You’ve probably heard people saying that they want their walls plastering. However, have you heard the less common term that they require skimming?

We’re going to bust the misconceptions about the difference between these 2 terms.

Plastering

Contrary to popular belief, plastering is the term offered to the whole trade. This means that skimming is really a method that a plasterer utilises, rather than plastering and skimming being totally separate terms.

Plasterers perform a great deal of different types of plastering and need to be very well-informed in their trade. For example, some materials need more coats of plaster than others, and there are lots of different methods associated with doing a good job.

There are different kinds of plasters that plasterers must understand how to use:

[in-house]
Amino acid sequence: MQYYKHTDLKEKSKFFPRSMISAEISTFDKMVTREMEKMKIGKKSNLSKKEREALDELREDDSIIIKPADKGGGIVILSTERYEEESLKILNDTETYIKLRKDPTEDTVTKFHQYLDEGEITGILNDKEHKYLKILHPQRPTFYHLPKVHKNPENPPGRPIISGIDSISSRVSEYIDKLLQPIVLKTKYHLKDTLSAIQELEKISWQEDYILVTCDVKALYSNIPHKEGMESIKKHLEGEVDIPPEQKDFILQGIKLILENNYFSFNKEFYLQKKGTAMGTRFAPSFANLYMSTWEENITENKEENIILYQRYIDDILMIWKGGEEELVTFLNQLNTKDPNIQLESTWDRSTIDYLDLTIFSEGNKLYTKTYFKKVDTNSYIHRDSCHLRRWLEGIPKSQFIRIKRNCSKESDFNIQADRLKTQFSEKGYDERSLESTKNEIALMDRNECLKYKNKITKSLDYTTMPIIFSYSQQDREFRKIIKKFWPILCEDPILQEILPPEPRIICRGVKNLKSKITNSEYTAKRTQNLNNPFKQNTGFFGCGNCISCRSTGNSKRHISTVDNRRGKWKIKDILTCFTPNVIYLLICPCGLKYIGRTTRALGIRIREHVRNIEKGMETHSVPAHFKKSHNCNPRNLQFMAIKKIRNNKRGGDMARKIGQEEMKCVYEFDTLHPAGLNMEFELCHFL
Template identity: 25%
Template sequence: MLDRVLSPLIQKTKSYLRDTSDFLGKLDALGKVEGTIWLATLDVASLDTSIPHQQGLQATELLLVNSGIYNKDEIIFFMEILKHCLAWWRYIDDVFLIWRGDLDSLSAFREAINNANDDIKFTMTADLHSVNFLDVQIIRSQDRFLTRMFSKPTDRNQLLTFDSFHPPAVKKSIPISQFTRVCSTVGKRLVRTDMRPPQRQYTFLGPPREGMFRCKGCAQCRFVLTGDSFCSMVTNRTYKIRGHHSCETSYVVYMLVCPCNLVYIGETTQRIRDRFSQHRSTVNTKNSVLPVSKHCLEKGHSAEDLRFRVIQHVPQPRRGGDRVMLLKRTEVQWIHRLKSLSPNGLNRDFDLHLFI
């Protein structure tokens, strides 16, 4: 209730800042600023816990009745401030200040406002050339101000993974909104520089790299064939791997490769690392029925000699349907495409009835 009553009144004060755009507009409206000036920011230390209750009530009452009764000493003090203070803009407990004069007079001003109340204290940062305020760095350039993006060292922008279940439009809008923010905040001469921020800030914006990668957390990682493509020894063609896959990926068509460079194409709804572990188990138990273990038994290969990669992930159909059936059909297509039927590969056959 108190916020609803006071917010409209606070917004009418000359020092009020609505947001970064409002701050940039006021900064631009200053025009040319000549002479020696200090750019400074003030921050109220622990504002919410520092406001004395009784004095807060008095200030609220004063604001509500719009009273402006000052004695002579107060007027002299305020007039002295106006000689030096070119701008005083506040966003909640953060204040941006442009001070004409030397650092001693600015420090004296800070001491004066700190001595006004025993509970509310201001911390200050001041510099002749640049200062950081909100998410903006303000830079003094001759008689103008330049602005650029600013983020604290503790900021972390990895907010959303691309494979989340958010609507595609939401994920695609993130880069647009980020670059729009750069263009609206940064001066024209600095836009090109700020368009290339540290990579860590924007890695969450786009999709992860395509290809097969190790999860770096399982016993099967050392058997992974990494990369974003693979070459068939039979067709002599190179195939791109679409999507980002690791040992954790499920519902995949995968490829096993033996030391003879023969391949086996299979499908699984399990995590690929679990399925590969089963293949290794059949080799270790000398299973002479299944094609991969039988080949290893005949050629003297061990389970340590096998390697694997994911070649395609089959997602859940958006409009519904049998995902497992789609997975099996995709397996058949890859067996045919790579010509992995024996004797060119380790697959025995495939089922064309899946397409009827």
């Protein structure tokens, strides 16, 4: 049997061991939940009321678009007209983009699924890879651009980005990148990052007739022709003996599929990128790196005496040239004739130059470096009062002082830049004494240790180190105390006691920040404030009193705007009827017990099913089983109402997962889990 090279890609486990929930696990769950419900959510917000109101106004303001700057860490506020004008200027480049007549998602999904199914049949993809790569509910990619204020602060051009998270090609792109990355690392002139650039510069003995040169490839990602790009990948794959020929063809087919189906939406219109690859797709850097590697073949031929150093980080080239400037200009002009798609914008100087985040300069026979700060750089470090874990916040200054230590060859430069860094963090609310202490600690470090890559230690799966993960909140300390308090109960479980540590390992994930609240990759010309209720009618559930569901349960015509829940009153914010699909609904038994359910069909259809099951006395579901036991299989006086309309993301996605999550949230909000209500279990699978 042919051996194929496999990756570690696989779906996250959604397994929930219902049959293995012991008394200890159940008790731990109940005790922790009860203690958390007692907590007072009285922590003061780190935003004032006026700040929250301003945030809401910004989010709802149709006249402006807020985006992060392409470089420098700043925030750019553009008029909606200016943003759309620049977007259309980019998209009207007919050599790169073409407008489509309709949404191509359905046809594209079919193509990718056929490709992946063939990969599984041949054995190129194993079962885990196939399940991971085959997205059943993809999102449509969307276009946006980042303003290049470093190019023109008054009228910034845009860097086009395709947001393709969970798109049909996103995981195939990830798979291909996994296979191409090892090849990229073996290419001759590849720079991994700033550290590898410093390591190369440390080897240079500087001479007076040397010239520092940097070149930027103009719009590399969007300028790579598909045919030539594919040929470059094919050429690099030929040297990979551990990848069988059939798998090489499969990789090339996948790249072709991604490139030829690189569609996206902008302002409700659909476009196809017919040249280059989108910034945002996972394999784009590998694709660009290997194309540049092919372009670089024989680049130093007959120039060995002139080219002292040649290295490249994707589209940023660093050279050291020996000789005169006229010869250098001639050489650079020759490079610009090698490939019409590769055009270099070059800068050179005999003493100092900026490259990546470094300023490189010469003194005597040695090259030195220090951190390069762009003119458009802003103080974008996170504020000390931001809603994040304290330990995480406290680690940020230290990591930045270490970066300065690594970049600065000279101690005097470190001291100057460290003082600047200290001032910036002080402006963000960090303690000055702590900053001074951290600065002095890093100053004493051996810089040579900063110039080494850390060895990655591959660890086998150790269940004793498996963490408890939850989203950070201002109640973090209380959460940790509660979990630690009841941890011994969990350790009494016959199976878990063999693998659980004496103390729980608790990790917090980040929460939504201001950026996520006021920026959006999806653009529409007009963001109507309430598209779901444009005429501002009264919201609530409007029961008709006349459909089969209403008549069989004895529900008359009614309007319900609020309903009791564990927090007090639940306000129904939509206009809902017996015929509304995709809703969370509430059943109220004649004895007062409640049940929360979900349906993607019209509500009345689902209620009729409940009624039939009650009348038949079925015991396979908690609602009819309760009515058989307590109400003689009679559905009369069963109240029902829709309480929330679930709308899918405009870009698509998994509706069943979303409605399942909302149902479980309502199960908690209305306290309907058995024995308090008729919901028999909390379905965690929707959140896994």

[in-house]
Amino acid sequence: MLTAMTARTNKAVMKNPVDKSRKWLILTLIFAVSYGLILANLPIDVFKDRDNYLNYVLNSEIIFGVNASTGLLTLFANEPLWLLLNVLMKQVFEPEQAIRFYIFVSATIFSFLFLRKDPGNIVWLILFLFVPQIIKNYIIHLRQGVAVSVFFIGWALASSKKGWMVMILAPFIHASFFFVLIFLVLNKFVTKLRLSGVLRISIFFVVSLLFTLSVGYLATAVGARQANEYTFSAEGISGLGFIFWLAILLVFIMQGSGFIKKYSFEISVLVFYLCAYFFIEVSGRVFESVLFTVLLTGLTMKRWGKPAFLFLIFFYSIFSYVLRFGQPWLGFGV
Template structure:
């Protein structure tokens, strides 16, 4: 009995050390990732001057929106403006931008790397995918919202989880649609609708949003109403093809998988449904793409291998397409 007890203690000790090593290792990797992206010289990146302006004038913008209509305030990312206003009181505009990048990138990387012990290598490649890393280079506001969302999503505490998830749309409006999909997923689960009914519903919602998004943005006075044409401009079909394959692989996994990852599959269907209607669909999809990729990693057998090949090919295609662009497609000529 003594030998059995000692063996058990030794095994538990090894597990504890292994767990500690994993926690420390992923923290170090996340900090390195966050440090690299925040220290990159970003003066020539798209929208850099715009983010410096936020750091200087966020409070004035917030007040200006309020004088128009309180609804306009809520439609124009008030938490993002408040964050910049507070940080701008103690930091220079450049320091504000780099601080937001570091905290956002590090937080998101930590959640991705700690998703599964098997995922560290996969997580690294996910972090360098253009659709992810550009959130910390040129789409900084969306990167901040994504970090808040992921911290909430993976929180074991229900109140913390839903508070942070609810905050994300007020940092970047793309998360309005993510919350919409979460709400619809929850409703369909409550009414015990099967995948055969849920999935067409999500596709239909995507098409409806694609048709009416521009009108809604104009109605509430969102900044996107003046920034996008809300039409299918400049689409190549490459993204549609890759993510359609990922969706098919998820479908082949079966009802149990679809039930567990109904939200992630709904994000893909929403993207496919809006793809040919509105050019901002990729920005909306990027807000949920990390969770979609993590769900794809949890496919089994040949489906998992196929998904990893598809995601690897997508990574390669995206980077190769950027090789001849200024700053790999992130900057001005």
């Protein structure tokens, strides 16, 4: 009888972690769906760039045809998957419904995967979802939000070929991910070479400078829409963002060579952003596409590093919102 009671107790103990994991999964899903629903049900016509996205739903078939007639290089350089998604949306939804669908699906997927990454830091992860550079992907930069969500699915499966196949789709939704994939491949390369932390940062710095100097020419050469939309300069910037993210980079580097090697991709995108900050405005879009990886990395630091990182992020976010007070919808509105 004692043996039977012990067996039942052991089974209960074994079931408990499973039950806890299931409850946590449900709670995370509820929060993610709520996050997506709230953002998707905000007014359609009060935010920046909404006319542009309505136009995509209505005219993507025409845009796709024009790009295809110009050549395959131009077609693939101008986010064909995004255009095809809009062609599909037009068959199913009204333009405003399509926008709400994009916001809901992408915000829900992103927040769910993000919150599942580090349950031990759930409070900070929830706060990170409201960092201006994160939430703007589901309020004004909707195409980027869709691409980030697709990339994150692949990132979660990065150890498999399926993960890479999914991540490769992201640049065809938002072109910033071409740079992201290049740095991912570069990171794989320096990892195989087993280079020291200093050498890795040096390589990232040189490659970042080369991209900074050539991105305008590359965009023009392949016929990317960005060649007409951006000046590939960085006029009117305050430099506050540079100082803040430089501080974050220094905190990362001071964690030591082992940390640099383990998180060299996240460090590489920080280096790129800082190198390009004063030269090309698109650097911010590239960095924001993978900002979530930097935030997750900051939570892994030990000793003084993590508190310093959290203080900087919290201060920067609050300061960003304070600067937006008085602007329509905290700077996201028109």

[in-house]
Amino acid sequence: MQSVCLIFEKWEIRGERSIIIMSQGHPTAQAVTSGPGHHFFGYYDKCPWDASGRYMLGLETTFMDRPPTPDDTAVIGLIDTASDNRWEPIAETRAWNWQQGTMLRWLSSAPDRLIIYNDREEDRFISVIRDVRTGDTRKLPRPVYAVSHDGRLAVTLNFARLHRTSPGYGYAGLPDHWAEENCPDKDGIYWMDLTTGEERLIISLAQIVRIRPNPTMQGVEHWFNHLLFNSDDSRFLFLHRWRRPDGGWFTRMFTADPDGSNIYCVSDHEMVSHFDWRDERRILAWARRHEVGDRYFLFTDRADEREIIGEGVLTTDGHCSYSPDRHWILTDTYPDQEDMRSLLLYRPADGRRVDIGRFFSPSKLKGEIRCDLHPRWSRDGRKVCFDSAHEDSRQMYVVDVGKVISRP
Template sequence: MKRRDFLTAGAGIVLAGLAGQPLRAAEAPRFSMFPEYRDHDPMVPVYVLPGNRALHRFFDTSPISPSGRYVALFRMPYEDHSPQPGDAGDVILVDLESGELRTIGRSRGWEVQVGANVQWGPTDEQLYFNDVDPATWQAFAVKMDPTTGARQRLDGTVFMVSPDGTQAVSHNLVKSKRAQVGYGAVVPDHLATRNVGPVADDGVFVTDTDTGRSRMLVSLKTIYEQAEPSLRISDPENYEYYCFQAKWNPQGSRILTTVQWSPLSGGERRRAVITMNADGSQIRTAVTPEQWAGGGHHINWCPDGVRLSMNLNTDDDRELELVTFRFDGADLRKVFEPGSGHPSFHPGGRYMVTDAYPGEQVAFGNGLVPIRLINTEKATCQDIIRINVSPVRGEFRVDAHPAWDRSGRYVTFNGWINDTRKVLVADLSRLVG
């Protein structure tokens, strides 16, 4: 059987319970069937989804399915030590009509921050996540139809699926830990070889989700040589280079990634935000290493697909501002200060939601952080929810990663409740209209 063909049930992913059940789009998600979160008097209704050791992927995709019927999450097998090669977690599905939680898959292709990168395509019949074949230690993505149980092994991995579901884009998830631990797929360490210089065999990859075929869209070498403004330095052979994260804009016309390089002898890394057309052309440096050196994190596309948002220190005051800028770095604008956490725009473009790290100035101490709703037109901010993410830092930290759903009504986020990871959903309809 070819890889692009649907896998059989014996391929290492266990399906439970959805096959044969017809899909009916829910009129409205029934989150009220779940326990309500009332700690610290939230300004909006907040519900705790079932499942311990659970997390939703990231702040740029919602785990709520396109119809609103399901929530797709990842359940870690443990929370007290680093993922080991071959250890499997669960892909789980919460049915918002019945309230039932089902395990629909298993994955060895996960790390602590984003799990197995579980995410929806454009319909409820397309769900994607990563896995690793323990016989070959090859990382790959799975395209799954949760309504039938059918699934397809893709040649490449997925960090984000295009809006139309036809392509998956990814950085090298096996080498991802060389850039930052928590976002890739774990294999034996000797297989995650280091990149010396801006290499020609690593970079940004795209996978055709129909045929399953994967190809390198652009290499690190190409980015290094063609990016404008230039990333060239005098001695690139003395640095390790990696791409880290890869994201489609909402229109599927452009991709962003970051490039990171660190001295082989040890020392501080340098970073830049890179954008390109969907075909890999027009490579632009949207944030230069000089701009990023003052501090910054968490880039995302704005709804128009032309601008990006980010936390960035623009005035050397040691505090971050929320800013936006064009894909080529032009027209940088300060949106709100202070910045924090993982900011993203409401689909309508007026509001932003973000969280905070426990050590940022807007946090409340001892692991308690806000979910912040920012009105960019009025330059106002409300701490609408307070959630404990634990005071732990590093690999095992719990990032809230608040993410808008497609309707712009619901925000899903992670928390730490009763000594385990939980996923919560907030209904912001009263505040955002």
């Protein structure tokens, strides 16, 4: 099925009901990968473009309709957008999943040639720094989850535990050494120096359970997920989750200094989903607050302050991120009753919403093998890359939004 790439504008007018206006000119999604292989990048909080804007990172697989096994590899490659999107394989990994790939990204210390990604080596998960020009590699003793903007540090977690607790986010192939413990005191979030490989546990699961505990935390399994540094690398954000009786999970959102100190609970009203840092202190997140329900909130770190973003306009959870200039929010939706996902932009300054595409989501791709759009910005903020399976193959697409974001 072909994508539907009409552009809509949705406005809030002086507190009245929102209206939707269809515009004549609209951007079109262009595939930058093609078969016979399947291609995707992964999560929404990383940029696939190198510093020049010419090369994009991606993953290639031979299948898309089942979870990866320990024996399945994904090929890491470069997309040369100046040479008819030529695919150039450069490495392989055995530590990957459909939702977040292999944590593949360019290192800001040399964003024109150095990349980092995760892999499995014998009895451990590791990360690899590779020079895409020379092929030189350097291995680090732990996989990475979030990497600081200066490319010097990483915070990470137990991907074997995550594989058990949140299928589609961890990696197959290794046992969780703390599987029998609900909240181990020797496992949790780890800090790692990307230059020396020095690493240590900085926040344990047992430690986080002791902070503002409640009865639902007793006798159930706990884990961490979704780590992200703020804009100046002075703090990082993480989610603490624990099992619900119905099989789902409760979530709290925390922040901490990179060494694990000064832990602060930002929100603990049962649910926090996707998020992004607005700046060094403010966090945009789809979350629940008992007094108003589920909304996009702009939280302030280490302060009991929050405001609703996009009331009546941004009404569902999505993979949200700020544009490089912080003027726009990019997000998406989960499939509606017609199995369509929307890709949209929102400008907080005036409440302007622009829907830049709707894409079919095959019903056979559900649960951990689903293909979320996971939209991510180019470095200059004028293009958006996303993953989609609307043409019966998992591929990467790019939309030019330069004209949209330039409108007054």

• Cement plaster: Made from cement, sand and water and generally used on walls where masonry work has been done
  • Lime plaster: Made from lime and water
  • Gypsum plaster: Made with water and calcium sulphate

Skimming

Skimming is the name provided to a plastering method where a wall is plastered with a layer of thin coat.

It is usually applied to an existing plaster to smooth the surface area. It’s an extremely difficult task and shouldn’t be attempted by an amateur DIYer as the wall or ceiling might end up looking worse than previously!

The white layer of lime which is used to rough cement is called a skim coat. The plasterer uses various methods to make the surface area smooth, and it might depend on the tradesman’s proficiency. Then the skim coat can be painted to make it look far more appealing.

So overall, skimming is a subset of plastering. They are both used to decorate structures and increase the durability of a wall, but skimming is done to update an old building whereas plastering is done to a new one.

Another difference between skim and plaster is that plaster surface areas are constantly rough whereas a skimmed surface area is smooth.